Cassieiswatching is NOT Official. Cassieiswatching is an independent fan creation. We are really excited to see fans creating their own storylines and riffing on our characters and our Universe. Although we encourage creativity and storytelling by our fans, we cannot be responsible for the outcome of the Cassieiswatching story or its content and imagery. Watch it if you like, but know that it is not official, nor is it guided by our team or a “splinter group.”
We have plans to incorporate more ARG elements into LG15 so we are excited to see such a vigorous investigative response to Cassieiswatching despite the fact that the subject matter is darker than we would like.
We will leave the Cassieiswatching and related forums open so you can discuss it if you like. The most important thing is to have fun!
As Milowent remembers, after this statement, other LG15-related forums like Anchor Cove, which had been recently founded as an independent LG15 forum, shied away and went so far as to ban all discussion of CiW. The primary concern was the fear that Cassie would displace Bree. The fear was substantiated with the claims of the creators, who announced that they would be incorporating “ARG elements” into their story, even though they had never heard of ARGs prior to CiW (but more importantly, neither had Bree’s fans). Milowent observes that Anchor Cove’s concerns proved to be true. The LG15 Forums quickly became dominated by Cassie fans. Since that time, within weeks of Cassie’s debut, over 66% of all posts at the official forum were about Cassie, it appeared as if CiW had gamejacked LG15.
Cassie’s next three videos, however, “Revelations 1, 2, & 3,” which contained elaborate clues and puzzles, were not filmed where Bree had been. While “Revelation 1” had the comment “Frank is waking,” “Revelation 2” noted that “Frank told lies.” The puppetmaster of CiW created a blog by someone called Frank, who claimed that he had heard strange voices. The emergence of Frank led to the belief that Cassie was a figment of his imagination. Then, on October 10, 2006, Frank was reported dead on the blog by his wife, Kaye. “Revelation 3,” which depicted Cassie in the popular virtual world, Second Life, was captioned with the encrypted message “It’s the emptiness that follows you down.” Cassie’s fans went to Second Life and followed her to Gothinger church. Although Cassie did not seem to do much, the fans had fun holding the infamous “dancing cows” party. CiW died shortly after that, leaving its last anagram puzzle unsolved. Similarly, no one knows who its puppetmaster was to this day.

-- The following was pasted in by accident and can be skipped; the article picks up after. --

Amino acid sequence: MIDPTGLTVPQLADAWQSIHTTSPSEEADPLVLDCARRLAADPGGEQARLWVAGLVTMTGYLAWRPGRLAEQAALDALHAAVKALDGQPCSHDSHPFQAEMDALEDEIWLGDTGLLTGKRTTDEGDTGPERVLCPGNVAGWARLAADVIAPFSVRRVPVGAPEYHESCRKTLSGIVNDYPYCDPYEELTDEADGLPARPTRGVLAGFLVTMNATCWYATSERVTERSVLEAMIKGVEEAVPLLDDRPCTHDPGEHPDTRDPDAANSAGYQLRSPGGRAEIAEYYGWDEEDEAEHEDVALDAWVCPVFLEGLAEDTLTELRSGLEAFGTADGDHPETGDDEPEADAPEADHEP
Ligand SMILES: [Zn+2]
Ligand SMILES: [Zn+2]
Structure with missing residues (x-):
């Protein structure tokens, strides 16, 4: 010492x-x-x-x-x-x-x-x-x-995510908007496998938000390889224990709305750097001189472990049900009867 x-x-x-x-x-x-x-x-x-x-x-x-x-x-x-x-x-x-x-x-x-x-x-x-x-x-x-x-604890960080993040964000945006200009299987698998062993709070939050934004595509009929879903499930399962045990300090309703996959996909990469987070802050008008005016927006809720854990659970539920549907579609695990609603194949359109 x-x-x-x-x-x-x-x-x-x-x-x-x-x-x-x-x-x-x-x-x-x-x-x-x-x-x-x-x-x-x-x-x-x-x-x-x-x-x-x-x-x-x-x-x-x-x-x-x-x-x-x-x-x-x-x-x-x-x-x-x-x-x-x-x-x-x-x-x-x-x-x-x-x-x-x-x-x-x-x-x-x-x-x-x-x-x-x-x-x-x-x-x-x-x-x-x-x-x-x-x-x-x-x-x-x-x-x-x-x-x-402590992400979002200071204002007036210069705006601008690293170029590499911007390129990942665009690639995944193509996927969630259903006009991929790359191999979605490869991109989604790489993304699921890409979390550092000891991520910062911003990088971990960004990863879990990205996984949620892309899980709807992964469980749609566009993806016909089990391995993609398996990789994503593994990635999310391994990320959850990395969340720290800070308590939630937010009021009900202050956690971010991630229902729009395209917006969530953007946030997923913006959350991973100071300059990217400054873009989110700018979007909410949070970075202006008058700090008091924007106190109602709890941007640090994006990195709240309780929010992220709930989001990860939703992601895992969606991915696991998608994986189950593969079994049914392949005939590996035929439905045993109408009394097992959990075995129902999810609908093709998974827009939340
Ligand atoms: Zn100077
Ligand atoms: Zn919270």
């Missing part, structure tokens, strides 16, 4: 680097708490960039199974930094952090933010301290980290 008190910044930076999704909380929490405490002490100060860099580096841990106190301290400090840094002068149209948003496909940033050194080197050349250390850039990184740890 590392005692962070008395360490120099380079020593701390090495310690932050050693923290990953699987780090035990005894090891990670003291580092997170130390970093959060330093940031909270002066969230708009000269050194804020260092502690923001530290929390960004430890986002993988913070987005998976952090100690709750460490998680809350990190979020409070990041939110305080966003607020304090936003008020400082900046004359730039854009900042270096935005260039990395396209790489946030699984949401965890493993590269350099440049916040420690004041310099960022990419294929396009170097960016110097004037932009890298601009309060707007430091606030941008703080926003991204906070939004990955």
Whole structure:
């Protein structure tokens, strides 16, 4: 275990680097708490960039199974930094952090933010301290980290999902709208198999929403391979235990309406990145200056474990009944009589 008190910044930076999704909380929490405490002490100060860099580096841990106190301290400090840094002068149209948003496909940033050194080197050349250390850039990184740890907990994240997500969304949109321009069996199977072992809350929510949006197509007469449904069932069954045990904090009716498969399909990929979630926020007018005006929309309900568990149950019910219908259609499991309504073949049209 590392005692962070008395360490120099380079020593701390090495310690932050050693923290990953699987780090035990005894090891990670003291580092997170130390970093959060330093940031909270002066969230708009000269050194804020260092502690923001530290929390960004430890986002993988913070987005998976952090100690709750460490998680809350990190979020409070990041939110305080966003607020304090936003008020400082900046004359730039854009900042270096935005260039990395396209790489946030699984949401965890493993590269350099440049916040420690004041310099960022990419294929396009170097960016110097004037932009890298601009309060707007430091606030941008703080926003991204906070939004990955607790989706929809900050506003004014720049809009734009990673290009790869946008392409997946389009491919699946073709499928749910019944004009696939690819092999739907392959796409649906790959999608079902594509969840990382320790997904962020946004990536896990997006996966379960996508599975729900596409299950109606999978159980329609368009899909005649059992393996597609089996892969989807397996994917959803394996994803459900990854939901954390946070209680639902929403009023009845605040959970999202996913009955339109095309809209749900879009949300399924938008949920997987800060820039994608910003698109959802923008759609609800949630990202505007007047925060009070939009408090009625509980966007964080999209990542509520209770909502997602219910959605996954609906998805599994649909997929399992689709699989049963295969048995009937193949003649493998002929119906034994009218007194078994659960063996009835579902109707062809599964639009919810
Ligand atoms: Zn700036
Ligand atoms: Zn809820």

As Milowent notes, the lasting influence of CiW on the storyline of LG15 cannot be understated because it generated a wave of Cassie’s fanfiction and spoofs, including one from the creators who posted a video on YouTube on October 13, 2006, the day after the ceremony under the username “Breeiswaiting.” Jaded by the abundance of gamejacking that occured during CiW, fans did not take this video very seriously. Although the creators never openly acknowledged that they made this video, Nikki Bower, a character created by Amanda Goodfried, later cited this video as the one that directed her to the location where she found the box with the watcher symbol on it.
Glenn Rubenstein, who mocked the early Cassie videos and gamejacked Cassie’s voicemail message, rearranged his own ARG ideas that he had been working on to fit into the CiW and LG15 storylines. Posting under the username opAphid (Operation Analysis Protect Hinder Infiltrate and Destroy), Rubenstein started an independent fan-based ARG whose first connections to LG15 was made on the fifth video of the opAphid series, “You Made the Right Choice, Bree!” posted as a response to Bree’s “My Difficult Choice” (40th episode) on September 26, 2006. The OpAphid ARG gained a fair amount of Cassie’s audience, and quickly drew the attention of the LG15 team. Having failed at their own, quickly done ARG attempt, the creators of LG15, on November 21, 2006, announced that they would be integrating opAphid into the canon. OpAphid was made the official ARG of LG15 for the next four months until they parted ways. But during that time, Rubenstein used Gemma, a character who was destined to be discarded, to bring his own set of characters, such as OpAphid, Tachyon, and Brother, into the main storyline of LG15. Consequently, ARG puzzles were worked directly into the show. For example, when Daniel gets rejected by Bree he goes to a bowling alley called Pins and Pints and gets drunk, losing his fake ID in the process. A puzzle about a cell phone triangulation leads one of the fans, ladron121, to the location of the fake ID, which he promptly videos to prove that he indeed solved the puzzle. On April 12, 2007, however, the creators announced in the forums that, due to some internal conflict, they decided to part ways with Glen Rubenstein and that there will no longer be a standalone ARG that is separate from LG15. In need of someone to add interactivity into the show in order to make it more appealing, the creators hired Jan Libby, a veteran ARG creator known for her ARG Sammeeeees.